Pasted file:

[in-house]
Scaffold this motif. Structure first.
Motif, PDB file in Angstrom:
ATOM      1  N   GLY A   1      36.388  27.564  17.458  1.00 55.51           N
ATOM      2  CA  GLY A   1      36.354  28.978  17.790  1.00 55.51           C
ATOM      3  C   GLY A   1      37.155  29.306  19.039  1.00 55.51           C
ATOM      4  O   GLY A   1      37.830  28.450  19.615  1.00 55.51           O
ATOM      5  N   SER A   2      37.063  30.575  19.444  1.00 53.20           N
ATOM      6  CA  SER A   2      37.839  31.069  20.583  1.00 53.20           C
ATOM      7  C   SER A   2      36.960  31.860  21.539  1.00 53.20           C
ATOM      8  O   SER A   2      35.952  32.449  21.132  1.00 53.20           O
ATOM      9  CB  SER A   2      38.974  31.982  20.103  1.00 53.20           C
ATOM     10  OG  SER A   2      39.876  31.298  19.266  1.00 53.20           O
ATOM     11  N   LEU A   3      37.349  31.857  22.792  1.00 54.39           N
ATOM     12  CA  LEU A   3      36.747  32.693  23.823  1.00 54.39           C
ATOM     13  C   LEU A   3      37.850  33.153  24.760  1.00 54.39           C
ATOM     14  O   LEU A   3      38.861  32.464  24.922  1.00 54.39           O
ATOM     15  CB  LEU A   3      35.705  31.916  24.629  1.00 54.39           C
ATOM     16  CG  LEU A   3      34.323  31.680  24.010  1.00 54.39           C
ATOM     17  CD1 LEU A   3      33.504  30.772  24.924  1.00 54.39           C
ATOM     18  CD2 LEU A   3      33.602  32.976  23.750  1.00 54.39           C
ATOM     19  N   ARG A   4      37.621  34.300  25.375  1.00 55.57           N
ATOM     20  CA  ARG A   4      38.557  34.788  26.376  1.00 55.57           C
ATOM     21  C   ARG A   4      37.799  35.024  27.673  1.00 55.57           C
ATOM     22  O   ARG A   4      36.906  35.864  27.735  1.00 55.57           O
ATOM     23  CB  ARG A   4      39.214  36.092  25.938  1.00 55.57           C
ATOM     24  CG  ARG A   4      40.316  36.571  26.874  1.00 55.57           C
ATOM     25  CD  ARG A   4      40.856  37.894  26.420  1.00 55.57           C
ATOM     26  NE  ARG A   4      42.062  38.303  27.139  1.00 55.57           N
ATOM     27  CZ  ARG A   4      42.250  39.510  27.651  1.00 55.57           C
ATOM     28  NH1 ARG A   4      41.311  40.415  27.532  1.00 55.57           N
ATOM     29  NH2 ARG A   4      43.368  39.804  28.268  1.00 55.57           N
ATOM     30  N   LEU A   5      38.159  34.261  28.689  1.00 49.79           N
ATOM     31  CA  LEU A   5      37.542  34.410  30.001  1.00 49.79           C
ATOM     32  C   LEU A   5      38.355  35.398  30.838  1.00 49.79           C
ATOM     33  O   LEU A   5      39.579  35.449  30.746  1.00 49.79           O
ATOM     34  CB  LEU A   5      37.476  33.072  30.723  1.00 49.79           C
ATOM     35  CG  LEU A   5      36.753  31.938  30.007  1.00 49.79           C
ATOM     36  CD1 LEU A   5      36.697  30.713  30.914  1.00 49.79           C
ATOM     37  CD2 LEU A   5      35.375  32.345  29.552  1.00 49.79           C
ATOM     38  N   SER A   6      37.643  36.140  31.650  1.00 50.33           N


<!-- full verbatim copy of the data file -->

[in-house]
Scaffold this motif. Structure first.
Motif, PDB file in Angstrom:
ATOM      1  N   GLY A   1      36.388  27.564  17.458  1.00 55.51           N
ATOM      2  CA  GLY A   1      36.354  28.978  17.790  1.00 55.51           C
ATOM      3  C   GLY A   1      37.155  29.306  19.039  1.00 55.51           C
ATOM      4  O   GLY A   1      37.830  28.450  19.615  1.00 55.51           O
ATOM      5  N   SER A   2      37.063  30.575  19.444  1.00 53.20           N
ATOM      6  CA  SER A   2      37.839  31.069  20.583  1.00 53.20           C
ATOM      7  C   SER A   2      36.960  31.860  21.539  1.00 53.20           C
ATOM      8  O   SER A   2      35.952  32.449  21.132  1.00 53.20           O
ATOM      9  CB  SER A   2      38.974  31.982  20.103  1.00 53.20           C
ATOM     10  OG  SER A   2      39.876  31.298  19.266  1.00 53.20           O
ATOM     11  N   LEU A   3      37.349  31.857  22.792  1.00 54.39           N
ATOM     12  CA  LEU A   3      36.747  32.693  23.823  1.00 54.39           C
ATOM     13  C   LEU A   3      37.850  33.153  24.760  1.00 54.39           C
ATOM     14  O   LEU A   3      38.861  32.464  24.922  1.00 54.39           O
ATOM     15  CB  LEU A   3      35.705  31.916  24.629  1.00 54.39           C
ATOM     16  CG  LEU A   3      34.323  31.680  24.010  1.00 54.39           C
ATOM     17  CD1 LEU A   3      33.504  30.772  24.924  1.00 54.39           C
ATOM     18  CD2 LEU A   3      33.602  32.976  23.750  1.00 54.39           C
ATOM     19  N   ARG A   4      37.621  34.300  25.375  1.00 55.57           N
ATOM     20  CA  ARG A   4      38.557  34.788  26.376  1.00 55.57           C
ATOM     21  C   ARG A   4      37.799  35.024  27.673  1.00 55.57           C
ATOM     22  O   ARG A   4      36.906  35.864  27.735  1.00 55.57           O
ATOM     23  CB  ARG A   4      39.214  36.092  25.938  1.00 55.57           C
ATOM     24  CG  ARG A   4      40.316  36.571  26.874  1.00 55.57           C
ATOM     25  CD  ARG A   4      40.856  37.894  26.420  1.00 55.57           C
ATOM     26  NE  ARG A   4      42.062  38.303  27.139  1.00 55.57           N
ATOM     27  CZ  ARG A   4      42.250  39.510  27.651  1.00 55.57           C
ATOM     28  NH1 ARG A   4      41.311  40.415  27.532  1.00 55.57           N
ATOM     29  NH2 ARG A   4      43.368  39.804  28.268  1.00 55.57           N
ATOM     30  N   LEU A   5      38.159  34.261  28.689  1.00 49.79           N
ATOM     31  CA  LEU A   5      37.542  34.410  30.001  1.00 49.79           C
ATOM     32  C   LEU A   5      38.355  35.398  30.838  1.00 49.79           C
ATOM     33  O   LEU A   5      39.579  35.449  30.746  1.00 49.79           O
ATOM     34  CB  LEU A   5      37.476  33.072  30.723  1.00 49.79           C
ATOM     35  CG  LEU A   5      36.753  31.938  30.007  1.00 49.79           C
ATOM     36  CD1 LEU A   5      36.697  30.713  30.914  1.00 49.79           C
ATOM     37  CD2 LEU A   5      35.375  32.345  29.552  1.00 49.79           C
ATOM     38  N   SER A   6      37.643  36.140  31.650  1.00 50.33           N